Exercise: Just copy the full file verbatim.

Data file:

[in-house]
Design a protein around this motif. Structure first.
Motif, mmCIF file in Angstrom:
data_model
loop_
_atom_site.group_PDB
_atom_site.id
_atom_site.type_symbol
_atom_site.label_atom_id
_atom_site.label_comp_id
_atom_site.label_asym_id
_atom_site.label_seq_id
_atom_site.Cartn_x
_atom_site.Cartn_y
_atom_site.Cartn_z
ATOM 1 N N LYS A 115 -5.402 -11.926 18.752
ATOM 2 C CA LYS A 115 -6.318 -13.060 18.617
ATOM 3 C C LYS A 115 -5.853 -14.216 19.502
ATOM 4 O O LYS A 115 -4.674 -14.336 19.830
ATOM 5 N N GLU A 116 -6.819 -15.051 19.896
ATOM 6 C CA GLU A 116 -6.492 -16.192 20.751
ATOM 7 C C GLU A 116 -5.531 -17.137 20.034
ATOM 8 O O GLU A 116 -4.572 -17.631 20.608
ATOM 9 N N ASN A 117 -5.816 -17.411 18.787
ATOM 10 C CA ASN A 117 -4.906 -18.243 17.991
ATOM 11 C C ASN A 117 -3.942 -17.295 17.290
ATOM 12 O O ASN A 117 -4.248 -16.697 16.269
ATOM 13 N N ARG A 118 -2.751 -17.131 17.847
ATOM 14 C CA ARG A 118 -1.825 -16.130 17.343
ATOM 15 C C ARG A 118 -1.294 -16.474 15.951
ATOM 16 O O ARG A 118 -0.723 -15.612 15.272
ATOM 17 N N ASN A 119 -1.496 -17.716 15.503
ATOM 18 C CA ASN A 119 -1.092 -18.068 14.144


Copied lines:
[in-house]
Design a protein around this motif. Structure first.
Motif, mmCIF file in Angstrom:
data_model
loop_
_atom_site.group_PDB
_atom_site.id
_atom_site.type_symbol
_atom_site.label_atom_id
_atom_site.label_comp_id
_atom_site.label_asym_id
_atom_site.label_seq_id
_atom_site.Cartn_x
_atom_site.Cartn_y
_atom_site.Cartn_z
ATOM 1 N N LYS A 115 -5.402 -11.926 18.752
ATOM 2 C CA LYS A 115 -6.318 -13.060 18.617
ATOM 3 C C LYS A 115 -5.853 -14.216 19.502
ATOM 4 O O LYS A 115 -4.674 -14.336 19.830
ATOM 5 N N GLU A 116 -6.819 -15.051 19.896
ATOM 6 C CA GLU A 116 -6.492 -16.192 20.751
ATOM 7 C C GLU A 116 -5.531 -17.137 20.034
ATOM 8 O O GLU A 116 -4.572 -17.631 20.608
ATOM 9 N N ASN A 117 -5.816 -17.411 18.787
ATOM 10 C CA ASN A 117 -4.906 -18.243 17.991
ATOM 11 C C ASN A 117 -3.942 -17.295 17.290
ATOM 12 O O ASN A 117 -4.248 -16.697 16.269
ATOM 13 N N ARG A 118 -2.751 -17.131 17.847
ATOM 14 C CA ARG A 118 -1.825 -16.130 17.343
ATOM 15 C C ARG A 118 -1.294 -16.474 15.951
ATOM 16 O O ARG A 118 -0.723 -15.612 15.272
ATOM 17 N N ASN A 119 -1.496 -17.716 15.503
ATOM 18 C CA ASN A 119 -1.092 -18.068 14.144